Unions & Labor Policy
CF’s labor policy work centers on protecting workers’ rights by ending the special privileges and coercive power government grants to unions. Union membership should be voluntary; unions should collect their own dues; no one should be forced to support a union’s political agenda; and workers should not be coerced to give part of their pay to a union or lose their job. Moreover, taxpayers should not be forced to support unions, either directly or through special carve-outs for government contractors which benefit certain unions.
Taxpayer resources should not be used for any political purposes. Every citizen and every organization—including government unions—should have an equal opportunity to engage in policy debates through a level playing field for all, and favor for none. Ending the government unions’ special privilege of taxpayer-funded "automatic collection" of dues and political action committee (PAC) money is a matter of fairness.
Yesterday, we reported that the Pittsburgh Federation of Teachers is trying to lower evaluation standards for teachers it had previously helped craft.
Under Pittsburgh's new system, which goes into effect next year, the district found about 15 percent of its teachers were rated "needs improvement" or "failing." About 85 percent are doing well in the classroom.
However, Pennsylvania law isn't allowing Pittsburgh to act on what they know about effective teachers. After Pittsburgh was forced to furlough teachers according to seniority, like school districts across the commonwealth, it discovered 16 teachers rated "distinguished"—the top rating—were let go. Twelve of those top teachers eventually returned; four did not.
At the same time, 17 teachers rated "failing" were also furloughed, but seniority rules meant 11 of them got to keep their jobs, nudging out the district's sorely needed "distinguished" teachers.
Seniority rules in the Public School Code mean teachers get placed and furloughed simply according to how long they've been in the system, not how well they teach students.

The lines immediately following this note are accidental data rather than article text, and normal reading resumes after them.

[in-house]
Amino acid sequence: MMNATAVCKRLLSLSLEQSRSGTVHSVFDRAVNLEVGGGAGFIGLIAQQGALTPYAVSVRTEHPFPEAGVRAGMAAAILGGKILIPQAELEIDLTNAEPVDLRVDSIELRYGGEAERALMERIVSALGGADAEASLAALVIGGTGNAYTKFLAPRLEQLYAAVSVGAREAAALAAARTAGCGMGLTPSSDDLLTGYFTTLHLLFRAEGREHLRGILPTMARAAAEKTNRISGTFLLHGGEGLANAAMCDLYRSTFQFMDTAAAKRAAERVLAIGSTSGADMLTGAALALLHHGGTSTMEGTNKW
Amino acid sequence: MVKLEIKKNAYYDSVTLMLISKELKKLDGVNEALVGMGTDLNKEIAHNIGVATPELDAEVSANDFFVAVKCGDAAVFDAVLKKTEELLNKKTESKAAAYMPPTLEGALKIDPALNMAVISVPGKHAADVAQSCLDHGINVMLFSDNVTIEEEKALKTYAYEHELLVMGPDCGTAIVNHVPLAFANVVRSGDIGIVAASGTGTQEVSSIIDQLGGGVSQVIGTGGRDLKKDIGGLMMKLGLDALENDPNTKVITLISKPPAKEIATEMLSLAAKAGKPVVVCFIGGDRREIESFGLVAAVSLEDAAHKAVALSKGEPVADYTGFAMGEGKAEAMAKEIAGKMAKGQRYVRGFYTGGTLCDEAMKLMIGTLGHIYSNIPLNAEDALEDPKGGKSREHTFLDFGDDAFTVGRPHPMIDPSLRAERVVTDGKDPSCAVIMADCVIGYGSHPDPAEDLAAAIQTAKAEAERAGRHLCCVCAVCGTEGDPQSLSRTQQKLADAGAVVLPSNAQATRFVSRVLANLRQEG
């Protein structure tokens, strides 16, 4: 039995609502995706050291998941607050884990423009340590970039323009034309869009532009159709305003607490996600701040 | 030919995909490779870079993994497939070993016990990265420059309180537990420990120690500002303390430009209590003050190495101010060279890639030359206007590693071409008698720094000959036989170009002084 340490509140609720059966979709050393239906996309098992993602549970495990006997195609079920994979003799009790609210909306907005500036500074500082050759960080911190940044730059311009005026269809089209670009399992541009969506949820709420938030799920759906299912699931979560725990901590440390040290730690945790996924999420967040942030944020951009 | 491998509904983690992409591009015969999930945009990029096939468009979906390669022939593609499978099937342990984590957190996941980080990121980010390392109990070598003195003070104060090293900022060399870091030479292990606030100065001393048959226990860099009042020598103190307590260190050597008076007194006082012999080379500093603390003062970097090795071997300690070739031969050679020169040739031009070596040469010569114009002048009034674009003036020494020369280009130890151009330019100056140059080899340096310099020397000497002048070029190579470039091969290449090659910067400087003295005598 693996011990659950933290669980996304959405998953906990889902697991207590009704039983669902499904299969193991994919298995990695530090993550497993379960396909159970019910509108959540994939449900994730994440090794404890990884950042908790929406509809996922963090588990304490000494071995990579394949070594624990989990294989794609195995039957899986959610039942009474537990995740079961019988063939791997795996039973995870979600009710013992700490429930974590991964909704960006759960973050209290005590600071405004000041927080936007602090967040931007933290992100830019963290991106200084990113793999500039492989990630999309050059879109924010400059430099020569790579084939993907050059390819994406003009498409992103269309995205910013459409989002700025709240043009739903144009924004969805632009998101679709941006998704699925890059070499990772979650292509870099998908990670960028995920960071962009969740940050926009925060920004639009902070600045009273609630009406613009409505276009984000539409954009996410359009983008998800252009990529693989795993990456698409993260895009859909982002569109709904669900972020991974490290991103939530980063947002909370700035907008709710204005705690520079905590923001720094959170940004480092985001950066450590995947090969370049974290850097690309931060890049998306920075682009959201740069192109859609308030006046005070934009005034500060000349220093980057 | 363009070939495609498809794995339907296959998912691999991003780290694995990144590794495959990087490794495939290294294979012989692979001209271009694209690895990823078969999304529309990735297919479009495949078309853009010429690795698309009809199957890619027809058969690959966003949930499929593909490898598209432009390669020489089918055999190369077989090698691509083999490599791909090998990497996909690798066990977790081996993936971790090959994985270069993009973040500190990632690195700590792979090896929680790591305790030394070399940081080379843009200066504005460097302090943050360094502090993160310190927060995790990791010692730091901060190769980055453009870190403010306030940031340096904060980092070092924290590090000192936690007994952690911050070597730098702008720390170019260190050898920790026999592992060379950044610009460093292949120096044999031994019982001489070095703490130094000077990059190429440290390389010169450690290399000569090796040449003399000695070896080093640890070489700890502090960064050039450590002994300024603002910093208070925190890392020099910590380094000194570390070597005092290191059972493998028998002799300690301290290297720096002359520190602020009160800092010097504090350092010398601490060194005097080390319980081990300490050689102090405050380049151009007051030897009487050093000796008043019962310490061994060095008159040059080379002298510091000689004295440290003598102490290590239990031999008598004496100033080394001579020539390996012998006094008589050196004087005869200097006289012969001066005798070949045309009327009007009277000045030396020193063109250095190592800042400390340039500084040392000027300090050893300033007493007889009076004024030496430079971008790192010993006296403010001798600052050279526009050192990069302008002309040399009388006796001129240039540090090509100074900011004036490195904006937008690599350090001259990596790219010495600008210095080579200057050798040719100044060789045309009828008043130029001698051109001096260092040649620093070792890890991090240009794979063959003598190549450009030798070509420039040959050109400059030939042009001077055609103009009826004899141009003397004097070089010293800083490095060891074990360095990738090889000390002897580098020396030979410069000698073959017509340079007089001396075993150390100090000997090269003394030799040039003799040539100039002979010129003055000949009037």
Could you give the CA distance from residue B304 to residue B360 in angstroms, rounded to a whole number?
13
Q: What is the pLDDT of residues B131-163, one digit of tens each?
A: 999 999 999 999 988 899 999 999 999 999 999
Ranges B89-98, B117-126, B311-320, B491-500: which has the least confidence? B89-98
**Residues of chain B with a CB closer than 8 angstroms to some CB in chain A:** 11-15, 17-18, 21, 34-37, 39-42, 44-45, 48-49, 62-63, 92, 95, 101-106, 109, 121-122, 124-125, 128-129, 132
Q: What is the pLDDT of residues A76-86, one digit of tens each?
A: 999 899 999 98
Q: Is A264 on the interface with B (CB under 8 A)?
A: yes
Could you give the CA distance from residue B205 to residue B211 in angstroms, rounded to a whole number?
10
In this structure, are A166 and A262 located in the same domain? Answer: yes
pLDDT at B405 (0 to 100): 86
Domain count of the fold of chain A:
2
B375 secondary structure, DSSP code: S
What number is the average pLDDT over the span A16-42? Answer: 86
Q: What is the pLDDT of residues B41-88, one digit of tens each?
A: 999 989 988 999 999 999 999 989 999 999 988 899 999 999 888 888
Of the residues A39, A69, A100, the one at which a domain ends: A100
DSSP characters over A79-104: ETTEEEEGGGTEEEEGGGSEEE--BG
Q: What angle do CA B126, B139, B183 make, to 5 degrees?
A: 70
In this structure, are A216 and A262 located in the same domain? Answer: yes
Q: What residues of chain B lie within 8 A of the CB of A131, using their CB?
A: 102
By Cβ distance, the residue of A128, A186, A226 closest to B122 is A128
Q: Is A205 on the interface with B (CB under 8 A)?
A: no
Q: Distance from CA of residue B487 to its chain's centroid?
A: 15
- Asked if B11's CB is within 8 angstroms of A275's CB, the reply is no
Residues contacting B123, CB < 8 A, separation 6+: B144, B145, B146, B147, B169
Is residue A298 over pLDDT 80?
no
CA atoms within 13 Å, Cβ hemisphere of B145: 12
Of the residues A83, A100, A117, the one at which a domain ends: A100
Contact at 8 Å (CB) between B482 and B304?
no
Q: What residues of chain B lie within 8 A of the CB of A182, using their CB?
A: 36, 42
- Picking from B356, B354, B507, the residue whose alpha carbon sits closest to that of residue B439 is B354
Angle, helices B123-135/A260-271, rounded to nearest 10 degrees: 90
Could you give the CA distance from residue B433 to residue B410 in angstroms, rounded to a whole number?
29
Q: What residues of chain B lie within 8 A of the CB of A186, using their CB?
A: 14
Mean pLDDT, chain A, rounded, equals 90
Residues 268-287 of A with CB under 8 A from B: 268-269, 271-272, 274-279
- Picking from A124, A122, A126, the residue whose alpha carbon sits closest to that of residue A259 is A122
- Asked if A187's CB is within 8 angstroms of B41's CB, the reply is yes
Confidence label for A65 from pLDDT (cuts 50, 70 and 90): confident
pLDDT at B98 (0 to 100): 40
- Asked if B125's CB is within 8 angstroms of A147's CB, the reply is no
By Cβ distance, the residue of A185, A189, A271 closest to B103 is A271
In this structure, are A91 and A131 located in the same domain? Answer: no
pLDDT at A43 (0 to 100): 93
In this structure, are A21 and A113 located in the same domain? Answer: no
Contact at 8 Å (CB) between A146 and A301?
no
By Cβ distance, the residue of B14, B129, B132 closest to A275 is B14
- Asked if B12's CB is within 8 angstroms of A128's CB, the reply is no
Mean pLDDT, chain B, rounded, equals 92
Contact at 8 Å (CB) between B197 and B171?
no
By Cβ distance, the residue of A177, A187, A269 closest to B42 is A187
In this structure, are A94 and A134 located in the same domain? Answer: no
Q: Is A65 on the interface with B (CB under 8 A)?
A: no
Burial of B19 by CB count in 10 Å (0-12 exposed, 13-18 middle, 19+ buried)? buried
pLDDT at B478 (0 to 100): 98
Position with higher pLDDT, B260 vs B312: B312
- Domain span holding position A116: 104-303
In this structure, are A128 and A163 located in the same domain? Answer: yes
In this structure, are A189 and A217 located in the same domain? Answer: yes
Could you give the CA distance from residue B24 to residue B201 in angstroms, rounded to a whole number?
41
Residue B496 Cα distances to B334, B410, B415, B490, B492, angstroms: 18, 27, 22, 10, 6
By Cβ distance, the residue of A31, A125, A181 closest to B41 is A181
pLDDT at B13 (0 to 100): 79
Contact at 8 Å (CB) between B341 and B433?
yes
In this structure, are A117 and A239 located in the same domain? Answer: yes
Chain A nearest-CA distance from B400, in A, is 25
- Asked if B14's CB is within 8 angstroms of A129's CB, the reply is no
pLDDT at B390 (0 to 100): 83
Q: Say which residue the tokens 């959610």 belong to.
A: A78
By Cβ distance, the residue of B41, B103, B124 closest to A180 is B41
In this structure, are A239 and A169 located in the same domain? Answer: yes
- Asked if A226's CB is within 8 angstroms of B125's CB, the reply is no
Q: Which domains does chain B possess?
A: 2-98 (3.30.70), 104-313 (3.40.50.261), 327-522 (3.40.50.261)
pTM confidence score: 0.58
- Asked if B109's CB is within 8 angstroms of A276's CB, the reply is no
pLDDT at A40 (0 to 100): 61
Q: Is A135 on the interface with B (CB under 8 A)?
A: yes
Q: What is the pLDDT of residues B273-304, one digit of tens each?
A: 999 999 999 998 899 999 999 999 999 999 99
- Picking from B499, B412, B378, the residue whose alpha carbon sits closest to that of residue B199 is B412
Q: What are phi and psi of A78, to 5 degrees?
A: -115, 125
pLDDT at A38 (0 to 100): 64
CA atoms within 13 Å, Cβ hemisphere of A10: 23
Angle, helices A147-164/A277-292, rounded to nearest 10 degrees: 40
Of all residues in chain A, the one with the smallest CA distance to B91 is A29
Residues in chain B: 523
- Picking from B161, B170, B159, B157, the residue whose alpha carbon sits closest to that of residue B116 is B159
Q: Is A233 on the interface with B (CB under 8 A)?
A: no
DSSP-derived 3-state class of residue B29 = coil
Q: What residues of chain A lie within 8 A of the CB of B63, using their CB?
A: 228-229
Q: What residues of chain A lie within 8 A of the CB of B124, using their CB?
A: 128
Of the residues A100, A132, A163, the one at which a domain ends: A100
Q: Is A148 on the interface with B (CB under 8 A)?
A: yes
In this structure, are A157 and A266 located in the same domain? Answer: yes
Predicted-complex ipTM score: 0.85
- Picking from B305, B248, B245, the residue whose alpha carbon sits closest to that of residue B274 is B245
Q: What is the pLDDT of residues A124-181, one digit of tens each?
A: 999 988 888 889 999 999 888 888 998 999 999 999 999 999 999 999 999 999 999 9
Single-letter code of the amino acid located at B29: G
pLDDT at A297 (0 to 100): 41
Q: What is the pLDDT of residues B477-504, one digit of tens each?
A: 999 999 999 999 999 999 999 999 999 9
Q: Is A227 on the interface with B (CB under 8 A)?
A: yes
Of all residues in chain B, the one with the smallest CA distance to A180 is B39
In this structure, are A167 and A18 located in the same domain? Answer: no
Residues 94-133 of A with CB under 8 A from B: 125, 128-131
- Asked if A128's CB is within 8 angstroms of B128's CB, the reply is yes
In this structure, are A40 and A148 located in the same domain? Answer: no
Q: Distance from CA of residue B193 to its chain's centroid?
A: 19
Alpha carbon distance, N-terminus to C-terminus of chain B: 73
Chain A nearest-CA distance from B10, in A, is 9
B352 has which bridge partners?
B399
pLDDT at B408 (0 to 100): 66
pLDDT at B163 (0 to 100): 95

Pittsburgh's evaluation system, in short, is highlighting just how outdated Pennsylvania's tenure system is—and how it's hurting both students and good teachers. It's a lesson worth learning as state lawmakers attempt to reform seniority so we can keep the best teachers in our classrooms.
In the last year, the Pennsylvania State Education Association poured $3.8 million of its members' dues into "political activities and lobbying," according to its 2013 financial disclosure report. That's an increase of 46 percent in the last five years.
Bear in mind this spending comes from teachers' union dues, which school districts collect automatically from payroll—just like a tax. In effect, taxpayers are collecting money on behalf of a political organization, a privilege no other private group enjoys. In addition, ordinary teachers have no say in how their union leaders spend their dues.
Below is a partial breakdown of how the PSEA spent that $3.8 million on politics:
- $2.3 million to union employees for political and lobbying activities.
- $100,000 to national Progressive group America Votes.
- $110,009 to an employment service, which included expenses labeled as “member political consulting.”
- $70,875 to the Pennsylvania AFL-CIO, largely for the CLEAR Coalition, which comprises several government labor unions working to affect Pennsylvania state budget spending.
- $64,825 for meetings and hotel lodging.
- $64,685 for post-election and Pennsylvania budget surveys.
- $40,561 to run phone banks and kiosk lines.
- $22,524 on pledge forms, donation envelopes and promotional items for PACE, the union's political action committee.
- $22,000 to pollster Terry Madonna for research.
- $5,000 to the Education Policy and Leadership Center for “school funding campaign.”
In addition, the National Education Association gave a whopping $650,000 this year to Pennsylvanians for Accountability, a mysterious advocacy group that cropped up running prime-time television ads accusing Gov. Tom Corbett of spending billions in corporate tax breaks. Pennsylvania teachers and educators across the country were forced to fund the ads through their union dues.
When both taxpayers and teachers are forced to foot the bill for such politics, it's high time we end the power cycle of automatic dues deductions.